Jun Kimura (Kyoto, Japan) Lineu César Werneck (Curitiba PR) Luís Ataíde (Recife PE) Luiz Alberto Bacheschi (São Paulo SP) Marco Aurélio Lana Peixoto, Belo Horizonte MG (UFMG) Marcos Raimundo Gomes de Freitas, Niterói RJ (UFF) Maria José Sá (Porto, Portugal) Maria Lúcia Brito Ferreira, Recife PE (HR-SSEPE) Maria Lúcia Vellutini Pimentel, Rio de Janeiro RJ (Sta Casa RJ) Marilisa Mantovani Guerreiro, Campinas SP (UNICAMP) Milberto Scaff (São Paulo SP) Newra Tellechea Rotta (Porto Alegre RS) Osvaldo Massaiti Takayanagui, Ribeirão Preto SP (USP-RP) Paulo Norberto Discher de Sá (Florianópolis SC) Pedro L Ponce (Caracas, Venezuela) Ricardo Nitrini, São Paulo SP (FMUSP) Roberto E P Sica (Buenos Aires, Argentina) Rubens José Gagliardi, São Paulo SP (FCM-Sta Casa SP) Sebastião Eurico de Melo Souza (Goiânia GO) Sérgio Augusto Pereira Novis (Rio de Janeiro RJ) Sérgio Roberto Haussen (Porto Alegre RS) Umbertina Conti Reed, São Paulo SP (FMUSP Vicente de Paulo Leitão de Carvalho (Fortaleza CE) Vladimir Hachinski (London, Canada)

Editorial area Supervisors Cerebrovascular disorders Adriana Bastos Conforto, São Paulo SP (FMUSP) Ayrton Roberto Massaro, São Paulo SP Fábio Iuji Yamamoto, São Paulo SP (FMUSP) Clinical neurophysiology Carlos Otto Heise, São Paulo SP (FMUSP) Francisco José Carchedi Luccas, São Paulo, SP João Aris Kouyoumdjian, SJR Preto SP (Famerp) Lineu Correa da Fonseca, Campinas SP (PUC) Cognitive disorders Jerson Laks, Rio de Janeiro RJ (UFRJ) Paulo Caramelli, Belo Horizonte MG (UFMG) Epilepsy Carlos Alberto Mantovani Guerreiro, Campinas SP (UNICAMP) Eliana Garzon, São Paulo SP (FMUSP) Luiz Ataíde Jr., Recife PE (FMUFP) Experimental neurology Fulvio A. Scorza, São Paulo SP (EPM-UNIFESP) Gerson Chadi, São Paulo SP (FMUSP) Headache and pain Getúlio Daré Rabelo, São Paulo SP (FMUSP) José Geraldo Speciali, Ribeirão Preto SP (FMUSP-RP) Maurice Vincent, Rio de Janeiro RJ (UFRJ) History of Neurology Péricles Maranhão Filho, Rio de Janeiro RJ (UFRJ) Rubens Reimão, São Paulo SP (FMUSP) Infectious diseases of the nervous system Abelardo Queiroz Campos Araújo, Rio de Janeiro RJ (FIOCRUZ) Osvaldo Massaiti Takayanagui, Ribeirão Preto SP (FMUSP-RP) Paulo Pereira Christo, Belo Horizonte MG (UFMG) Ronald Salamano, Montevideu (Uruguai) Ronaldo Abraham, Taubaté SP (UNITAU)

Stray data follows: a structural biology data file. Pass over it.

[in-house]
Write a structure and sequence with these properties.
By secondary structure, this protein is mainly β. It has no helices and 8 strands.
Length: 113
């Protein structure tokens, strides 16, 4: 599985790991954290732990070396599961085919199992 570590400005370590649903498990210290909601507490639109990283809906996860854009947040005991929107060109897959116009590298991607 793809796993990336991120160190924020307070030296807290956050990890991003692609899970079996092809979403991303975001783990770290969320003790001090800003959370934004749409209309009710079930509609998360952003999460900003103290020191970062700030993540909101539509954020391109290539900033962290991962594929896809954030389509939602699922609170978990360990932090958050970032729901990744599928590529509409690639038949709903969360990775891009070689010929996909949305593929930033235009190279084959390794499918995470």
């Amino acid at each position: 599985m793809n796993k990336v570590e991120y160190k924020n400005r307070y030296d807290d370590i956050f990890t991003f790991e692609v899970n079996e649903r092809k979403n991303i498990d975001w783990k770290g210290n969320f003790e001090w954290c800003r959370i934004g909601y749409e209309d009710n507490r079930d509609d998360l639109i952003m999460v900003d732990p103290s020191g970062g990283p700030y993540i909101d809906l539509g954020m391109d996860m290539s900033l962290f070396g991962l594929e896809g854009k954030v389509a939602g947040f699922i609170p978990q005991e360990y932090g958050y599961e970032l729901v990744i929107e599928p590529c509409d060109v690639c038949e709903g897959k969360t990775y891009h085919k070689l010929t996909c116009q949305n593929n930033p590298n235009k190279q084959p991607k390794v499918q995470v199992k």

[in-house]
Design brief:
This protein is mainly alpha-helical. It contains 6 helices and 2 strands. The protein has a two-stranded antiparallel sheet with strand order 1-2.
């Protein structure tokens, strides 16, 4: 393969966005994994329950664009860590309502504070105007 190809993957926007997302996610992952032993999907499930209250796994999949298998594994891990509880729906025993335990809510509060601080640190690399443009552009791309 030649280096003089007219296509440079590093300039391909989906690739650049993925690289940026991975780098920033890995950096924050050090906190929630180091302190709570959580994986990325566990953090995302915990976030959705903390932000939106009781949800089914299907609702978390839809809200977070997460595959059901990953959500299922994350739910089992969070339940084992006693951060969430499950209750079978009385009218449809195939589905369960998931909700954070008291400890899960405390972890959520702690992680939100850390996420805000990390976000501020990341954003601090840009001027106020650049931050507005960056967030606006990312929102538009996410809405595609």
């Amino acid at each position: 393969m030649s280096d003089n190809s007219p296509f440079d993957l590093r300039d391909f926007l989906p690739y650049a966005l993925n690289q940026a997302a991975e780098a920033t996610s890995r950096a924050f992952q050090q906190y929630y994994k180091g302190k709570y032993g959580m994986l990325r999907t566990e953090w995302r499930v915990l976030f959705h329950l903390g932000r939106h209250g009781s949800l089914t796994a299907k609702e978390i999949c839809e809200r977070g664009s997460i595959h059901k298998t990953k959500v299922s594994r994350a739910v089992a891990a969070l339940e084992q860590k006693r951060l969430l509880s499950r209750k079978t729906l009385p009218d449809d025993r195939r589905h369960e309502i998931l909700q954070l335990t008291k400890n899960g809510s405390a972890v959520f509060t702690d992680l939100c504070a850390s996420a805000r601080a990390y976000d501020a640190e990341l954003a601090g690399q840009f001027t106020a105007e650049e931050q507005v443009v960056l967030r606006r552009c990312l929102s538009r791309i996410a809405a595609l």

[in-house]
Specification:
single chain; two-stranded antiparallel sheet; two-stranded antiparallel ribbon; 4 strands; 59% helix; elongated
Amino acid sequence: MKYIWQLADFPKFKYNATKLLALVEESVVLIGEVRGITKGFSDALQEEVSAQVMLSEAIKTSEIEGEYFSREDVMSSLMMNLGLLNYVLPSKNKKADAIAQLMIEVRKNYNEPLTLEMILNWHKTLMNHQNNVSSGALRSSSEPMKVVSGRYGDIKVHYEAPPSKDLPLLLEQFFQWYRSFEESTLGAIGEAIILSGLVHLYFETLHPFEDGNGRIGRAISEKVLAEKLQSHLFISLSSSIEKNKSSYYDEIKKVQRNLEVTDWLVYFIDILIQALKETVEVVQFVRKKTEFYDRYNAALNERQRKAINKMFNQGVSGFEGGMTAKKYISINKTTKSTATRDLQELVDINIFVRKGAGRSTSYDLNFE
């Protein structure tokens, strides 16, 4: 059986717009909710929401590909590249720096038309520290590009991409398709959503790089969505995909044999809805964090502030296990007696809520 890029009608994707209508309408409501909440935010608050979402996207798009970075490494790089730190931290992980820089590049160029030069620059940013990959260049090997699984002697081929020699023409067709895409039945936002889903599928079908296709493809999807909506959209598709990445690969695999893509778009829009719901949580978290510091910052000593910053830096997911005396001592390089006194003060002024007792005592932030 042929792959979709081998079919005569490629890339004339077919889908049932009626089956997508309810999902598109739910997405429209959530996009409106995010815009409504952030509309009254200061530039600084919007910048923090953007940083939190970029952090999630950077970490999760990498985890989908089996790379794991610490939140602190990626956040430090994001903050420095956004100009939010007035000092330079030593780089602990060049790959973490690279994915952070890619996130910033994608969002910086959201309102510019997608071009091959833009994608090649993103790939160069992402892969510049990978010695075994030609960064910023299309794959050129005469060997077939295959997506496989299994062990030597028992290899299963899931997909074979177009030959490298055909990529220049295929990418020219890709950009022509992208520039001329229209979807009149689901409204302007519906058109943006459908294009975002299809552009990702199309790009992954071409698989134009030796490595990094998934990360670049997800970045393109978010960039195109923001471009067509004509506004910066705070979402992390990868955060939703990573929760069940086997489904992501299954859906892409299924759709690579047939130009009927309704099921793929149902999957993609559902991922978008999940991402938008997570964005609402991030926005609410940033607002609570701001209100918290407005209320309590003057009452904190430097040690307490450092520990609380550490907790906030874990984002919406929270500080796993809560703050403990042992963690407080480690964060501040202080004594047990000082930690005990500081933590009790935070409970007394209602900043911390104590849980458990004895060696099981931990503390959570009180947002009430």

Interventionist neuroradiology Paulo Puglia Jr., São Paulo SP (FMUSP) Letters Alberto Alain Gabbai, São Paulo SP (UNIFESP) Andrew J. Lees, London UK (UCL Institute of Neurology) Eduardo Genaro Mutarelli, São Paulo SP (FMUSP) Laura Moriyama, London UK (UCL Institute of Neurology) Lineu César Werneck, Curitiba PR (UFPR) Newra Tellechea Rotta, Porto Alegre RS (UFRS) Sergio Augusto Pereira Novis, Rio de Janeiro RJ (Sta Casa RJ) Sérgio Roberto Haussen, Porto Alegre RS (FFFCMPA) Motor neuron disease Acary Souza Bulle Oliveira, São Paulo SP (EPM-UNIFESP) Dagoberto Callegaro, São Paulo SP (FMUSP) Movement disorders Egberto Reis Barbosa, São Paulo SP (FMUSP) Francisco Cardoso, Belo Horizonte MG (UFMG) Helio Afonso Ghizoni Teive, Curitiba PR (UFPR) Henrique Ballalai Ferraz, São Paulo SP (EPM-UNIFESP) Myopathy Anamarli Nucci, Campinas SP (UNICAMP) Lineu César Werneck, Curitiba PR (UFPR) Suely Kazue Nagahashi Marie, São Paulo SP (FMUSP) Neurogenetics Fernando Kok, São Paulo SP (FMUSP) Iscia Lopes Cendes, Campinas SP (UNICAMP) Neuroimaging Antonio José da Rocha, São Paulo SP (Sta Casa SP) Claudia Costa Leite, São Paulo SP (FMUSP) Emerson Gasparetto, Rio de Janeiro RJ (UFRJ) Leandro Lucato, São Paulo SP (FMUSP)